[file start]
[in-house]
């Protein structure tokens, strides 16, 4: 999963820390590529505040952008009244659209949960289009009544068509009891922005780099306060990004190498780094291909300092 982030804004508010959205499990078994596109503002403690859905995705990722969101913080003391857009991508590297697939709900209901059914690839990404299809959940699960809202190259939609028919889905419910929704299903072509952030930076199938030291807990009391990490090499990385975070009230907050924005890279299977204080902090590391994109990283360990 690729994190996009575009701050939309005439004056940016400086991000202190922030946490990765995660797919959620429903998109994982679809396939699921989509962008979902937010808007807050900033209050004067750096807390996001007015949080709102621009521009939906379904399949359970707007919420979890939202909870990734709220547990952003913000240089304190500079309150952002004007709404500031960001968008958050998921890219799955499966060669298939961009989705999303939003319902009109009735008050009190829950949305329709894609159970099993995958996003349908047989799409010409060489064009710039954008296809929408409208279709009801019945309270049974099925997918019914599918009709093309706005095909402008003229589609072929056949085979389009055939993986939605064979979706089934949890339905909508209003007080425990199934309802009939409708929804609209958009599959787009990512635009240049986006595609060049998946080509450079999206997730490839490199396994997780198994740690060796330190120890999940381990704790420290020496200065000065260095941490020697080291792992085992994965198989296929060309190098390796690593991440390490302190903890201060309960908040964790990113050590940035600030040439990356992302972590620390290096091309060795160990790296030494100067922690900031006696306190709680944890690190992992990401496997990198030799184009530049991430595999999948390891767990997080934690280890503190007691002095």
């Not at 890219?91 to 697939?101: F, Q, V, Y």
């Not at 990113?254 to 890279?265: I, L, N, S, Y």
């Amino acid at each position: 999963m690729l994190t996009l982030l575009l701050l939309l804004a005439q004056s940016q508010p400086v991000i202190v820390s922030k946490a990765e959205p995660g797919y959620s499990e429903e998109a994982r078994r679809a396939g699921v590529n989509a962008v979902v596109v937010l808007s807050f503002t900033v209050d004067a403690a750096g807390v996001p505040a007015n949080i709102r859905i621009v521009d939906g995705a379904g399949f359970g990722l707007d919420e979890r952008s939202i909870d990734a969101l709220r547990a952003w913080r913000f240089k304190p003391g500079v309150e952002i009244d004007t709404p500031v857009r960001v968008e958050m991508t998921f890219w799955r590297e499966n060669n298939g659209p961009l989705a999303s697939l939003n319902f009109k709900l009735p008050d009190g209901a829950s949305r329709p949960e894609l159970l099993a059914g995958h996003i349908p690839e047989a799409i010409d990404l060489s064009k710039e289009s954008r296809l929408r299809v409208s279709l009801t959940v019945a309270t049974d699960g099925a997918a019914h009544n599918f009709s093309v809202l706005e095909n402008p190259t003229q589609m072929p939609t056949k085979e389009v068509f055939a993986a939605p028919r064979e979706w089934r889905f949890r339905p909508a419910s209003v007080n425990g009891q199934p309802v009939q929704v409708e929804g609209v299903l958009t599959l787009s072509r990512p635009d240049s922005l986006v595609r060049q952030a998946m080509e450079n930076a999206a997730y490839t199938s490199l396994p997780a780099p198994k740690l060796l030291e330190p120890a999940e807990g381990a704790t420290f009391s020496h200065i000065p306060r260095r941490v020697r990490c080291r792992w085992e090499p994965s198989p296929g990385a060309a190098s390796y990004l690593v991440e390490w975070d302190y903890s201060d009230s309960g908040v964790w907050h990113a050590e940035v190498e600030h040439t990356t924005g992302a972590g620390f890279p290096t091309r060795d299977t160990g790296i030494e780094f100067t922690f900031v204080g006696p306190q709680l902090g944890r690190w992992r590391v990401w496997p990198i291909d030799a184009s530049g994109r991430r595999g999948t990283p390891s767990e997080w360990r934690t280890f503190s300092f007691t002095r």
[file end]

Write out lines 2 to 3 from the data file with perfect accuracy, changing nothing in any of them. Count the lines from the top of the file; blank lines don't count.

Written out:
């Protein structure tokens, strides 16, 4: 999963820390590529505040952008009244659209949960289009009544068509009891922005780099306060990004190498780094291909300092 982030804004508010959205499990078994596109503002403690859905995705990722969101913080003391857009991508590297697939709900209901059914690839990404299809959940699960809202190259939609028919889905419910929704299903072509952030930076199938030291807990009391990490090499990385975070009230907050924005890279299977204080902090590391994109990283360990 690729994190996009575009701050939309005439004056940016400086991000202190922030946490990765995660797919959620429903998109994982679809396939699921989509962008979902937010808007807050900033209050004067750096807390996001007015949080709102621009521009939906379904399949359970707007919420979890939202909870990734709220547990952003913000240089304190500079309150952002004007709404500031960001968008958050998921890219799955499966060669298939961009989705999303939003319902009109009735008050009190829950949305329709894609159970099993995958996003349908047989799409010409060489064009710039954008296809929408409208279709009801019945309270049974099925997918019914599918009709093309706005095909402008003229589609072929056949085979389009055939993986939605064979979706089934949890339905909508209003007080425990199934309802009939409708929804609209958009599959787009990512635009240049986006595609060049998946080509450079999206997730490839490199396994997780198994740690060796330190120890999940381990704790420290020496200065000065260095941490020697080291792992085992994965198989296929060309190098390796690593991440390490302190903890201060309960908040964790990113050590940035600030040439990356992302972590620390290096091309060795160990790296030494100067922690900031006696306190709680944890690190992992990401496997990198030799184009530049991430595999999948390891767990997080934690280890503190007691002095």
């Not at 890219?91 to 697939?101: F, Q, V, Y």